Carroll Sharp doesn't see what all the fuss is about. "I saw a need, so I helped fill it," he tells us. "It was something I could do, so I did." It's the kind of downplayed response one might expect from someone who's always been a giver. In 2014, Carroll was honored by Mayo Clinic's Blood Donor Program in Florida when he reached the milestone of donating 100 gallons of blood.
But this was different. The need Carroll helped fill this time was a kidney, which two years ago he donated to a man he'd never met.
Carroll tells us it was a decision that had been brewing for quite some time. "When I first retired, I was driving a transport van for the American Red Cross," he says. "I drove people to and from kidney dialysis as well as other appointments," he tells us. "I could see that the people who were on dialysis — even though they were still alive, their quality of life was declining."
When Carroll moved to Jacksonville, Florida, and became a volunteer at Mayo Clinic a few years later, he decided to do his part to help change that. "When I started volunteering I learned it was possible to become a living kidney donor," he tells us. "I hadn't considered that before, so I just went ahead and filled out the paperwork."
There was a little more to it than that. But after checking all the boxes from a health standpoint, Carroll was told he had what it took to be a living organ donor. "At that point, they started looking for a recipient," he tells us.
That recipient turned out to be Tim Schroeder, a retired school teacher from New Ulm, Minnesota. "My kidneys had failed because of long-term diabetes," Tim tells us. "I'd been on dialysis for almost two years, and every day I prayed for a miracle."
Tim's prayers were answered on Oct. 17, 2017, when he received a call from Mayo Clinic's Transplant Center in Rochester, "asking me if I would like a kidney," he recently told the Florida Times-Union. "I said, 'You betcha.'"
Two days later, Tim was in an operating room at Mayo Clinic's Rochester campus, where a transplant team led by Mikel Prieto, M.D., gave Tim his miracle, made possible by Carroll. "I woke up in recovery and my new kidney was working," Tim says. "I was simply ecstatic."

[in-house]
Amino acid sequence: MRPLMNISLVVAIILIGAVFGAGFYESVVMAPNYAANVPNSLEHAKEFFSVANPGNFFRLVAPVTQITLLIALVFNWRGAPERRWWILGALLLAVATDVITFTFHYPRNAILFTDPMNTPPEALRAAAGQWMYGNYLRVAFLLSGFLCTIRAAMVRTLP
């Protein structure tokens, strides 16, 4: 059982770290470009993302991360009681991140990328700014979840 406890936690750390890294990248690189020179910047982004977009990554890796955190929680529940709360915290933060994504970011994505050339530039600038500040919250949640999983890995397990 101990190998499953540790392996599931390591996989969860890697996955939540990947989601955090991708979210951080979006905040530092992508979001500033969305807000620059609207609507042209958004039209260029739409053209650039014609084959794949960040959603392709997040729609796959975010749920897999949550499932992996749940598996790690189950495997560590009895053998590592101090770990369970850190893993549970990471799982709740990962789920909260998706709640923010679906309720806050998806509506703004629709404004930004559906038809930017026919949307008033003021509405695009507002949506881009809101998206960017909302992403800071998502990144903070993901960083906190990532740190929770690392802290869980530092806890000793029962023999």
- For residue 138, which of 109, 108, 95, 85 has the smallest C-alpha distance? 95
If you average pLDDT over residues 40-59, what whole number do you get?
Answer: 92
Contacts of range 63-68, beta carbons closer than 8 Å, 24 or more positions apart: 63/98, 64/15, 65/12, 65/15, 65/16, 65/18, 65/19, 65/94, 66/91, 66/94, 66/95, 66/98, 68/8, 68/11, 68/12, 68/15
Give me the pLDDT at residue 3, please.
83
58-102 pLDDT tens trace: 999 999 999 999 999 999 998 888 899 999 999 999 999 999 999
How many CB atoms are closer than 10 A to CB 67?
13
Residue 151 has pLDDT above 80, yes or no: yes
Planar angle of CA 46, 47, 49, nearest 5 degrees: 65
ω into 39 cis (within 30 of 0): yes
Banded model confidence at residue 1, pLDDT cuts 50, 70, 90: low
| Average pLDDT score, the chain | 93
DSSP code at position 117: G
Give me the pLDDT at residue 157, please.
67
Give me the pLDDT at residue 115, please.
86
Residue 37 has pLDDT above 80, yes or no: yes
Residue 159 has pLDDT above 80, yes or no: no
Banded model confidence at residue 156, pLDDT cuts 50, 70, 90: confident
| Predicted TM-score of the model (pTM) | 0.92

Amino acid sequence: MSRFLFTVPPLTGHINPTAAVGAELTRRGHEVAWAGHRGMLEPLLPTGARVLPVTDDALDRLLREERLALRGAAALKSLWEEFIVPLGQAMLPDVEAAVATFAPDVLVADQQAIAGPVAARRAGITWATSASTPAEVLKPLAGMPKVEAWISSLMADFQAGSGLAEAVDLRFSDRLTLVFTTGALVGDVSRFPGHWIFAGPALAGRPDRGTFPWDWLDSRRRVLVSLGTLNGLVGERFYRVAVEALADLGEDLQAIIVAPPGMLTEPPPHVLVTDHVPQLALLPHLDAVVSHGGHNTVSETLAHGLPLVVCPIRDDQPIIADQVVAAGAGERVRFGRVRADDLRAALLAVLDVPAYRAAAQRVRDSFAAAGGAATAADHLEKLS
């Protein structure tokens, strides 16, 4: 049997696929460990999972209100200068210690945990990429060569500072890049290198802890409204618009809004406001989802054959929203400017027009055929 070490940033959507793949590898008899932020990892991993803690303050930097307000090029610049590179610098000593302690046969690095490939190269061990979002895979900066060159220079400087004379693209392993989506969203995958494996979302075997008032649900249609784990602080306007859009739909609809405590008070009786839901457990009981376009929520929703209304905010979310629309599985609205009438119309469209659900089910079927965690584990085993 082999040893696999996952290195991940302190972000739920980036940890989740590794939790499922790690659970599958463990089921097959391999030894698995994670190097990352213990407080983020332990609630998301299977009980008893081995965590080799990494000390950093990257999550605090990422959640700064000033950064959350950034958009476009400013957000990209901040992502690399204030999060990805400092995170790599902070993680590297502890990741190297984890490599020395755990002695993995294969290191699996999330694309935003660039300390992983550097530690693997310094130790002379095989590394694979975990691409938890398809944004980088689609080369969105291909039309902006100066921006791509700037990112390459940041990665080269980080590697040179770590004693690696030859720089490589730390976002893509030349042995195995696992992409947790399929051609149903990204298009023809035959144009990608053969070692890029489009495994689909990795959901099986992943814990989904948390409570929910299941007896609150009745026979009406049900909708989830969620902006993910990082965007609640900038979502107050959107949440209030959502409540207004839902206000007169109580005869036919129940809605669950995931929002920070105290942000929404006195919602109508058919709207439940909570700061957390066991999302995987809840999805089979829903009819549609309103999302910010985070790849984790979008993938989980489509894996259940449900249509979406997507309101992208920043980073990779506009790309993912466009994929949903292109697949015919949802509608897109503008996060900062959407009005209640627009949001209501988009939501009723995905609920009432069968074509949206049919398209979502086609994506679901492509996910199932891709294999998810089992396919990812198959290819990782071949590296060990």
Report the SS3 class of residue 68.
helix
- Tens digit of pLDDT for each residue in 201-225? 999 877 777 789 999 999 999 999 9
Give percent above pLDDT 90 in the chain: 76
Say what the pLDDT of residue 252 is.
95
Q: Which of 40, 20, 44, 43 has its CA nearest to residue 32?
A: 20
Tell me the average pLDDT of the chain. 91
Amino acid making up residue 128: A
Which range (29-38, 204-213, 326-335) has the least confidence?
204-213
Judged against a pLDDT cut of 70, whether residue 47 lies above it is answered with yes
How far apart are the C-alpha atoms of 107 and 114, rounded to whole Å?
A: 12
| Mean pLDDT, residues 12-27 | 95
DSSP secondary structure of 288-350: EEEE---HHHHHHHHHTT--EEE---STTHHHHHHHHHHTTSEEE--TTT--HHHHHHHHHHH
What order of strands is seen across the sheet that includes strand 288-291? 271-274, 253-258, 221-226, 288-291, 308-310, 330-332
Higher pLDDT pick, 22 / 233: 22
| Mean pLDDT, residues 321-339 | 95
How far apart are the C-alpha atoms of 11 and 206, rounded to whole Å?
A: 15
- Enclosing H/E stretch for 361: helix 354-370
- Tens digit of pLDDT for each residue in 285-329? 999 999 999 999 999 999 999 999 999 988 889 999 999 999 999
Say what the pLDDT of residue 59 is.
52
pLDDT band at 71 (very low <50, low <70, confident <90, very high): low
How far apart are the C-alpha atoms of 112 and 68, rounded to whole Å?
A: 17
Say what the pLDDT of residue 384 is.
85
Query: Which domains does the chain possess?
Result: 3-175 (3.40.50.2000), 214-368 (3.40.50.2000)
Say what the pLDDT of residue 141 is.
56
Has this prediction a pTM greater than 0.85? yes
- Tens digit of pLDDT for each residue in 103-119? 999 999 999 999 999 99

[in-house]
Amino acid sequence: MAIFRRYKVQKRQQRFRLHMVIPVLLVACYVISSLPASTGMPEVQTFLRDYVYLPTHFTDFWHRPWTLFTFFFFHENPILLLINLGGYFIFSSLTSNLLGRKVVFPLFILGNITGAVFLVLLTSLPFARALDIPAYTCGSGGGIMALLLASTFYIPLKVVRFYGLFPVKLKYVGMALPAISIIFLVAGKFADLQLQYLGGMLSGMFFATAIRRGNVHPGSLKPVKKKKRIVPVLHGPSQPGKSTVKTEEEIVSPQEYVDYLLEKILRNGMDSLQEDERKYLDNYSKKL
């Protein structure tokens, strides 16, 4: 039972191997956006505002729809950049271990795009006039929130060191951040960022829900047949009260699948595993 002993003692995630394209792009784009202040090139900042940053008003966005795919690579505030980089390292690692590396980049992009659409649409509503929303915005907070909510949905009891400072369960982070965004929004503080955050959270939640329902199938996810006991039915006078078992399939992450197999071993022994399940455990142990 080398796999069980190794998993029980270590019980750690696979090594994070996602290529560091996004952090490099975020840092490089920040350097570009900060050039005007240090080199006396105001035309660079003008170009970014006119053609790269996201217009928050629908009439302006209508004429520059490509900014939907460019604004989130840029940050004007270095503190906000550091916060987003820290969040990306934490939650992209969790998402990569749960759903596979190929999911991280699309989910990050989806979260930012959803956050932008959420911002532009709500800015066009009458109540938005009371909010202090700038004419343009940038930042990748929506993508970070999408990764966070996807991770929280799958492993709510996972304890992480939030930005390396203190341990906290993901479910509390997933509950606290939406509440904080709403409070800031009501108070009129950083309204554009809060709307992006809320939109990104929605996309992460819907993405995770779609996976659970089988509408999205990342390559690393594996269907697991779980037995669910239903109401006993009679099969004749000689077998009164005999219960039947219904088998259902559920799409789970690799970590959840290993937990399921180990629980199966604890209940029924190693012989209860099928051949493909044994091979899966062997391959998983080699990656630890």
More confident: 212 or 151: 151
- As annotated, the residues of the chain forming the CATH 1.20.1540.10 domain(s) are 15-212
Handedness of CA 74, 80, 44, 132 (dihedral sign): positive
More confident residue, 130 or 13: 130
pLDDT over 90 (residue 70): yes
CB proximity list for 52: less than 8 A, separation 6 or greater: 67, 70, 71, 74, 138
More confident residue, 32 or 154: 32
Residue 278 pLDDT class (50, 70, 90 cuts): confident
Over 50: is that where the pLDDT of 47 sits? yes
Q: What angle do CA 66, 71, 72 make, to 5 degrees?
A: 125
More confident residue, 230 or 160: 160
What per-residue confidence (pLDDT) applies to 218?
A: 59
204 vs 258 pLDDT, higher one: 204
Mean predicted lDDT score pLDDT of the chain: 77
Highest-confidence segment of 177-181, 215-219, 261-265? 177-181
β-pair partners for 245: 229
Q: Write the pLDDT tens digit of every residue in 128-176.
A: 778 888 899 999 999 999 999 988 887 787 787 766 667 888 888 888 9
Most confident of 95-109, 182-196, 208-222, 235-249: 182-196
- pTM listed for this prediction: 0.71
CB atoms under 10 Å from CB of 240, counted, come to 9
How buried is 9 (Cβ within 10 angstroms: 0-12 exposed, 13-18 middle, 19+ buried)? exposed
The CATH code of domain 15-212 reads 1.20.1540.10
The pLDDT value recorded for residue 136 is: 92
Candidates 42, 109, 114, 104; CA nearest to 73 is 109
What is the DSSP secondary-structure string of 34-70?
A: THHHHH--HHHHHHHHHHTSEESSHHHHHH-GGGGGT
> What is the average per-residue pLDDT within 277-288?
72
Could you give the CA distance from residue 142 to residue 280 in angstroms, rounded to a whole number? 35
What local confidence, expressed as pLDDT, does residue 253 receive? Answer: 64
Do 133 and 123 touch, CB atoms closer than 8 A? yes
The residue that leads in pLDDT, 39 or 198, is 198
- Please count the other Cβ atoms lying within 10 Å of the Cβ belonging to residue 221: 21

As he was, Tim says, when Dr. Prieto asked if he'd like to meet Carroll. "I of course said yes." So later that evening, Tim met Carroll and his wife, alongside Dr. Prieto and nephrologist Carrie Schinstock, M.D. "It was a very emotional meeting with a lot of tears," Tim tells us. "I just wanted to express my incredible gratitude for what's been a life-changing transformation."
True to form, Carroll tells us his contribution took "very little" effort on his part. "We came to Rochester on a Tuesday, had some more appointments on Wednesday, Dr. Prieto did the procedures on Thursday, and I was released from the hospital on Saturday morning," he says. "We then came back home to Jacksonville the following Tuesday. We stayed at the [Gift of Life] Transplant House after the procedure and I was able to walk back and forth to all of my follow-up appointments. I've had no problems at all."
Carroll tells us that's what he'd like others to take away from this story. "Yes, donating a kidney is a big deal, but on the other hand it wasn't difficult for me at all," he says. "I'm just happy Tim has a better life now because of it."
You can read more of Tim and Carroll's story, and his plans to ride in the upcoming Katie Ride to raise awareness and funds for organ donation, here. Then help make our lives better by sharing your comments below before using the social media tools atop this page to share this story with others.